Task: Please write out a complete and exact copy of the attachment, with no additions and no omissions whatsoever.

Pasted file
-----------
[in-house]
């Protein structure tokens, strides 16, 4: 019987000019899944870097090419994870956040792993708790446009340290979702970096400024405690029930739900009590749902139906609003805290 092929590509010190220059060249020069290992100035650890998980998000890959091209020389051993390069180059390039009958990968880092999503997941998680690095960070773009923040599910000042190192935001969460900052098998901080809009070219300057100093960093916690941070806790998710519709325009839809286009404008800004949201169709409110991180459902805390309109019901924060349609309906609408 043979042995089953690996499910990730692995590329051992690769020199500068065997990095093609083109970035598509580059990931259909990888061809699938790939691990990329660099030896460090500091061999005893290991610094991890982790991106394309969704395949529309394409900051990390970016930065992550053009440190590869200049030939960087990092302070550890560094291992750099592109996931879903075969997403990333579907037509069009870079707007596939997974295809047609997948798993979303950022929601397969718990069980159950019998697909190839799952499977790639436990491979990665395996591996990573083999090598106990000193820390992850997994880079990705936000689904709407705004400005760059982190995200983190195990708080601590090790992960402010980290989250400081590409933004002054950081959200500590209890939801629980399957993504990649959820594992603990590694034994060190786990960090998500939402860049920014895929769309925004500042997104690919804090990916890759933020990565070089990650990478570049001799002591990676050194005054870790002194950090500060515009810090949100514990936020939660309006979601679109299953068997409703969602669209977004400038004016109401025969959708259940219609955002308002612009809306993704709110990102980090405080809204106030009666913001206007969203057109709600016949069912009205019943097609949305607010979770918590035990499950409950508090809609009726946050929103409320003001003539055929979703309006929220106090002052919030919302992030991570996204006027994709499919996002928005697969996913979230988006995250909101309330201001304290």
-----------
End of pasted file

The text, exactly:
[in-house]
């Protein structure tokens, strides 16, 4: 019987000019899944870097090419994870956040792993708790446009340290979702970096400024405690029930739900009590749902139906609003805290 092929590509010190220059060249020069290992100035650890998980998000890959091209020389051993390069180059390039009958990968880092999503997941998680690095960070773009923040599910000042190192935001969460900052098998901080809009070219300057100093960093916690941070806790998710519709325009839809286009404008800004949201169709409110991180459902805390309109019901924060349609309906609408 043979042995089953690996499910990730692995590329051992690769020199500068065997990095093609083109970035598509580059990931259909990888061809699938790939691990990329660099030896460090500091061999005893290991610094991890982790991106394309969704395949529309394409900051990390970016930065992550053009440190590869200049030939960087990092302070550890560094291992750099592109996931879903075969997403990333579907037509069009870079707007596939997974295809047609997948798993979303950022929601397969718990069980159950019998697909190839799952499977790639436990491979990665395996591996990573083999090598106990000193820390992850997994880079990705936000689904709407705004400005760059982190995200983190195990708080601590090790992960402010980290989250400081590409933004002054950081959200500590209890939801629980399957993504990649959820594992603990590694034994060190786990960090998500939402860049920014895929769309925004500042997104690919804090990916890759933020990565070089990650990478570049001799002591990676050194005054870790002194950090500060515009810090949100514990936020939660309006979601679109299953068997409703969602669209977004400038004016109401025969959708259940219609955002308002612009809306993704709110990102980090405080809204106030009666913001206007969203057109709600016949069912009205019943097609949305607010979770918590035990499950409950508090809609009726946050929103409320003001003539055929979703309006929220106090002052919030919302992030991570996204006027994709499919996002928005697969996913979230988006995250909101309330201001304290």